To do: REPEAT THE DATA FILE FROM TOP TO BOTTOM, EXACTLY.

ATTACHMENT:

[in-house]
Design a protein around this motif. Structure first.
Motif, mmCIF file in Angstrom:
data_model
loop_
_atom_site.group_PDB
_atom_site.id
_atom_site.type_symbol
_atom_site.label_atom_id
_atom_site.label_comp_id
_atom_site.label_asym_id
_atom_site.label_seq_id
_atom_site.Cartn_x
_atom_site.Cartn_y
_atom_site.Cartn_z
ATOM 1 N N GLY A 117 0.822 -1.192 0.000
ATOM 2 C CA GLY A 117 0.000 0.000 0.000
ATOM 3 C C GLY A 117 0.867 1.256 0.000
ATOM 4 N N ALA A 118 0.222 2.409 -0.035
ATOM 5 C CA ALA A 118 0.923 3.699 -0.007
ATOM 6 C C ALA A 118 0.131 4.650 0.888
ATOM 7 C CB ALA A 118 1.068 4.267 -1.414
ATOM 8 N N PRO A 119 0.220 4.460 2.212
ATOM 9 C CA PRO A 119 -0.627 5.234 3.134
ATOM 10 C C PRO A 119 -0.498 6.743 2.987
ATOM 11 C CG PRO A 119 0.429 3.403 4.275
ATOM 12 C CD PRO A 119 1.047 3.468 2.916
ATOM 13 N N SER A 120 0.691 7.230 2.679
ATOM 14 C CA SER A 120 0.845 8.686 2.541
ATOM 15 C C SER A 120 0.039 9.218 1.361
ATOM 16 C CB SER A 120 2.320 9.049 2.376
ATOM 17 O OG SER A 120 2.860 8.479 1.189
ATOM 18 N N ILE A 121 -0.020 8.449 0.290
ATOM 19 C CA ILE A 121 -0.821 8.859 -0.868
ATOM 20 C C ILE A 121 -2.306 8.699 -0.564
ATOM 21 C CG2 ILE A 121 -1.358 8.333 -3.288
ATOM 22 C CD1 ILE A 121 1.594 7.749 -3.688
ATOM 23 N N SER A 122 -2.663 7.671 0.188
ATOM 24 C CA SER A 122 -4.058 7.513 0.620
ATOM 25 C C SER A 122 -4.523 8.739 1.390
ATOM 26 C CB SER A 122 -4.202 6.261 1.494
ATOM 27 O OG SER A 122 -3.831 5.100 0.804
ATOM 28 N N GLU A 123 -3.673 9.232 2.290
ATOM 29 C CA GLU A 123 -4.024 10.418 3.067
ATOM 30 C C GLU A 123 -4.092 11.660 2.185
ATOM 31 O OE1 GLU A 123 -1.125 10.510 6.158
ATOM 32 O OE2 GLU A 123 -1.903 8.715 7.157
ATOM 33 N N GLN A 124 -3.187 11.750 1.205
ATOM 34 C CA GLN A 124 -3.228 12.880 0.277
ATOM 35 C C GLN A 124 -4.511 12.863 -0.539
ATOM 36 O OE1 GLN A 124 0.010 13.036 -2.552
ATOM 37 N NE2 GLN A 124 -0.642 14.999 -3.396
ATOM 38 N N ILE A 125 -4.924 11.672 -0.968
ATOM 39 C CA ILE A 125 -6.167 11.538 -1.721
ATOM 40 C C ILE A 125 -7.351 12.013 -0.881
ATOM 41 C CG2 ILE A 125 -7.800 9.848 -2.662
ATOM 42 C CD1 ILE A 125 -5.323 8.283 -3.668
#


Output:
[in-house]
Design a protein around this motif. Structure first.
Motif, mmCIF file in Angstrom:
data_model
loop_
_atom_site.group_PDB
_atom_site.id
_atom_site.type_symbol
_atom_site.label_atom_id
_atom_site.label_comp_id
_atom_site.label_asym_id
_atom_site.label_seq_id
_atom_site.Cartn_x
_atom_site.Cartn_y
_atom_site.Cartn_z
ATOM 1 N N GLY A 117 0.822 -1.192 0.000
ATOM 2 C CA GLY A 117 0.000 0.000 0.000
ATOM 3 C C GLY A 117 0.867 1.256 0.000
ATOM 4 N N ALA A 118 0.222 2.409 -0.035
ATOM 5 C CA ALA A 118 0.923 3.699 -0.007
ATOM 6 C C ALA A 118 0.131 4.650 0.888
ATOM 7 C CB ALA A 118 1.068 4.267 -1.414
ATOM 8 N N PRO A 119 0.220 4.460 2.212
ATOM 9 C CA PRO A 119 -0.627 5.234 3.134
ATOM 10 C C PRO A 119 -0.498 6.743 2.987
ATOM 11 C CG PRO A 119 0.429 3.403 4.275
ATOM 12 C CD PRO A 119 1.047 3.468 2.916
ATOM 13 N N SER A 120 0.691 7.230 2.679
ATOM 14 C CA SER A 120 0.845 8.686 2.541
ATOM 15 C C SER A 120 0.039 9.218 1.361
ATOM 16 C CB SER A 120 2.320 9.049 2.376
ATOM 17 O OG SER A 120 2.860 8.479 1.189
ATOM 18 N N ILE A 121 -0.020 8.449 0.290
ATOM 19 C CA ILE A 121 -0.821 8.859 -0.868
ATOM 20 C C ILE A 121 -2.306 8.699 -0.564
ATOM 21 C CG2 ILE A 121 -1.358 8.333 -3.288
ATOM 22 C CD1 ILE A 121 1.594 7.749 -3.688
ATOM 23 N N SER A 122 -2.663 7.671 0.188
ATOM 24 C CA SER A 122 -4.058 7.513 0.620
ATOM 25 C C SER A 122 -4.523 8.739 1.390
ATOM 26 C CB SER A 122 -4.202 6.261 1.494
ATOM 27 O OG SER A 122 -3.831 5.100 0.804
ATOM 28 N N GLU A 123 -3.673 9.232 2.290
ATOM 29 C CA GLU A 123 -4.024 10.418 3.067
ATOM 30 C C GLU A 123 -4.092 11.660 2.185
ATOM 31 O OE1 GLU A 123 -1.125 10.510 6.158
ATOM 32 O OE2 GLU A 123 -1.903 8.715 7.157
ATOM 33 N N GLN A 124 -3.187 11.750 1.205
ATOM 34 C CA GLN A 124 -3.228 12.880 0.277
ATOM 35 C C GLN A 124 -4.511 12.863 -0.539
ATOM 36 O OE1 GLN A 124 0.010 13.036 -2.552
ATOM 37 N NE2 GLN A 124 -0.642 14.999 -3.396
ATOM 38 N N ILE A 125 -4.924 11.672 -0.968
ATOM 39 C CA ILE A 125 -6.167 11.538 -1.721
ATOM 40 C C ILE A 125 -7.351 12.013 -0.881
ATOM 41 C CG2 ILE A 125 -7.800 9.848 -2.662
ATOM 42 C CD1 ILE A 125 -5.323 8.283 -3.668
#